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How to prove this

$$S = \{(x, y) | Ax + By ≥ c, x ≥ 0, y ≥ 0\}$$ where $A$ is an $m \times n$ matrix, $B$ is a positive semi-definite $m \times m$ matrix and $c \in \Bbb R^m$. The author explicitly assumed the set $S$ is compact in $\Bbb R^{n+m}$. A reviewer of the paper pointed out that the only compact set of the above form is the empty set. Prove the reviewer’s assertion

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    $\begingroup$ Please see math.meta.stackexchange.com/questions/5020 $\endgroup$ – Lord Shark the Unknown Nov 9 '19 at 17:32
  • $\begingroup$ Regardless of the quoted assertion being true (which it might be, for all I know), it seems rather obvious that with your assumptions the set $S$ needs not be bounded. For instance, if $A$ and $B$ have all positive entries, then for all $x,y$ with strictly positive entries there will be some $\lambda>0$ such that, for all $\alpha>\lambda$, $(\alpha x,\alpha y)\in S$. $\endgroup$ – Gae. S. Nov 9 '19 at 17:36
  • $\begingroup$ can you provide a rigorous mathematical proof? $\endgroup$ – Kethan Chauhan Nov 9 '19 at 17:45
  • $\begingroup$ Of what?${}{}{}$ $\endgroup$ – Gae. S. Nov 9 '19 at 17:46
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    $\begingroup$ Since the set is a closed subset of $\mathbb R^{m+n}$, it is compact if and only if it is bounded. So what has to be proved is that there are no non-empty bounded sets of this form. $\endgroup$ – celtschk Nov 9 '19 at 18:38
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Claim (which I thought would be true, and it was eventually proved in this linked question).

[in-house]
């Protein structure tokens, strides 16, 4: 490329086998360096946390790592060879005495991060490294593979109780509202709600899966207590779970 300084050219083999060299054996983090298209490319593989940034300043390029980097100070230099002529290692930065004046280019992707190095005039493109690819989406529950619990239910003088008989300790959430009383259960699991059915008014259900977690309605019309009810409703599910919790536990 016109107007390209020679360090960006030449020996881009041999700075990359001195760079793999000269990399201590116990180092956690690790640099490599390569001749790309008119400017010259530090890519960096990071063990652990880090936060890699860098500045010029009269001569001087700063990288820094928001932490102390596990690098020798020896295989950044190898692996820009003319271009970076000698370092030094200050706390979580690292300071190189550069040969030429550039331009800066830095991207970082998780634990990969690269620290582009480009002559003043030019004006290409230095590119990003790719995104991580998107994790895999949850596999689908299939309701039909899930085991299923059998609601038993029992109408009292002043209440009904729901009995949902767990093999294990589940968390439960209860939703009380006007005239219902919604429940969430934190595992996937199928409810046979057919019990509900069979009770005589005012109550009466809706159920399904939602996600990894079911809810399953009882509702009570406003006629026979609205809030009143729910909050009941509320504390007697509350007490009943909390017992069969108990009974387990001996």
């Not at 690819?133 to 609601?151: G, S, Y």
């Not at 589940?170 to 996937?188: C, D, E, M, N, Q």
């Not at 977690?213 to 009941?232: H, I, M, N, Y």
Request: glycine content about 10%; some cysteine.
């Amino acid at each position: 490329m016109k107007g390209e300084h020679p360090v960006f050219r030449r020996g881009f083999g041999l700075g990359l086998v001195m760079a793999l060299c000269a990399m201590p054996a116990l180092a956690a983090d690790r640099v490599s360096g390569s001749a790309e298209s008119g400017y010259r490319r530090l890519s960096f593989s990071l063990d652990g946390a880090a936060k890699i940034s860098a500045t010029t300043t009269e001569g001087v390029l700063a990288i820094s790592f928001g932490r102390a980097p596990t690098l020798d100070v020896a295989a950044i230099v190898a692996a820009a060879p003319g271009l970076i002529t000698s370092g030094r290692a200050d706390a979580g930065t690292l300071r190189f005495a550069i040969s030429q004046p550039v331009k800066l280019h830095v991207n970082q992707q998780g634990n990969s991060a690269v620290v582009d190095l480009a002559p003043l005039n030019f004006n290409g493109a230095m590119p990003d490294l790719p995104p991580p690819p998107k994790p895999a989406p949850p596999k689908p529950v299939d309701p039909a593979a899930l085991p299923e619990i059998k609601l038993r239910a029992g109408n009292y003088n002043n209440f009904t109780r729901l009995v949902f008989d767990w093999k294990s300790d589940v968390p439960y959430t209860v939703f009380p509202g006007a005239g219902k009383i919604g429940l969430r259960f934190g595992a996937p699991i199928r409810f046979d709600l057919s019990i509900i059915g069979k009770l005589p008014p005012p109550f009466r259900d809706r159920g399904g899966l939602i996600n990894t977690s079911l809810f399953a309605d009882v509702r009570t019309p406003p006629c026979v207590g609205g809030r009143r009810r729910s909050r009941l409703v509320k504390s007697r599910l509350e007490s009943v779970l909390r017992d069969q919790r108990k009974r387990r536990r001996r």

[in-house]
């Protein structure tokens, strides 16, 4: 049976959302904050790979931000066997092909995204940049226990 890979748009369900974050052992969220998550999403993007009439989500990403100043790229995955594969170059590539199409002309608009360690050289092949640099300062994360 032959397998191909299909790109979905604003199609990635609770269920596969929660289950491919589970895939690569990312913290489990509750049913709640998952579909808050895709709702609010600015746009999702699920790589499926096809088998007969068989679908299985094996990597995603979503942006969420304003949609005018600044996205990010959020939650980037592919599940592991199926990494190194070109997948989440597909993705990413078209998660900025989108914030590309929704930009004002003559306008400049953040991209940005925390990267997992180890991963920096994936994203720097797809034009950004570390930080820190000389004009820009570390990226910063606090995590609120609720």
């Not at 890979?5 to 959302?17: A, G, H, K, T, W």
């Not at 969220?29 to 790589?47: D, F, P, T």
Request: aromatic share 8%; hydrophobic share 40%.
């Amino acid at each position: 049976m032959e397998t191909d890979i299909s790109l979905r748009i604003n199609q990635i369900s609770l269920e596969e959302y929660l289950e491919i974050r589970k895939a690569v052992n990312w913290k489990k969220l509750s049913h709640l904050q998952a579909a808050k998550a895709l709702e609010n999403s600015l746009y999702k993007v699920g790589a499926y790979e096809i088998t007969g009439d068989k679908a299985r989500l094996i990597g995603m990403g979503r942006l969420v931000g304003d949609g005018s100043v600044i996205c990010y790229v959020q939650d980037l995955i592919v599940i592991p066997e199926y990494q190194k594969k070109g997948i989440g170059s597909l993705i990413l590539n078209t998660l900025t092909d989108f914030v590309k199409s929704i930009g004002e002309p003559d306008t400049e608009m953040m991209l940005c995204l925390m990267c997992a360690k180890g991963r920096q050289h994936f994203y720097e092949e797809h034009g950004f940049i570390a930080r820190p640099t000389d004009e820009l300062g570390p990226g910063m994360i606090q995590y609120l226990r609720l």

If $B$ is positive semi-definite then there is $z\ge0$ with $z\neq0$ such that $Bz\ge0$.

(Here $z\ge0$ means that every component of $z$ is non-negative. By $z\neq0$ we mean that at least one component of $z$ is non-zero.)
(Two proofs of this claim were given by user @daw in my linked question. The same user posted an answer to OP question here too.)

Using the above claim we show that if the set $S=\{(x,y)|Ax+By\ge c,x\ge0,y\ge0\}$ is non-empty, then it is unbounded.

Take any $(x,y)\in S$. Let $z$ be as in the claim.
Then $(x,y+\lambda z)\in S$ for all $\lambda>0$, proving that $S$ is unbounded.
(Indeed, clearly $Ax+B(y+\lambda z)=Ax+By+\lambda Bz\ge c+\lambda0=c$.)

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Assume that the set in question is compact and non-empty. Then the linear programming problem $$ \min -e_1^Tx_1 - e_2^Tx_2 $$ subject to $$ Ax_1 + Bx_2 -x_3 =c $$ with $x_i\ge0$ for all $i$ has a solution. Here, $e_1$ and $e_2$ are vectors of all ones of suitable size.

The dual problem of the above problem is: $$ \max c^Ty $$ subject to $$ A^Ty \le -e_1, \ B^Ty \le -e_2 , \ -y\le 0. $$ This problem has no feasible point: Let $y\ge0$ and $y\ne0$. Then $y^TBy\ge 0>-e_2^Ty =- \|y\|_1$. In addition, $y=0$ is not feasible. This is a contradiction to strong duality: the primal problem is solvable but the dual not.

Hence, the set in question cannot be both non-empty and compact.

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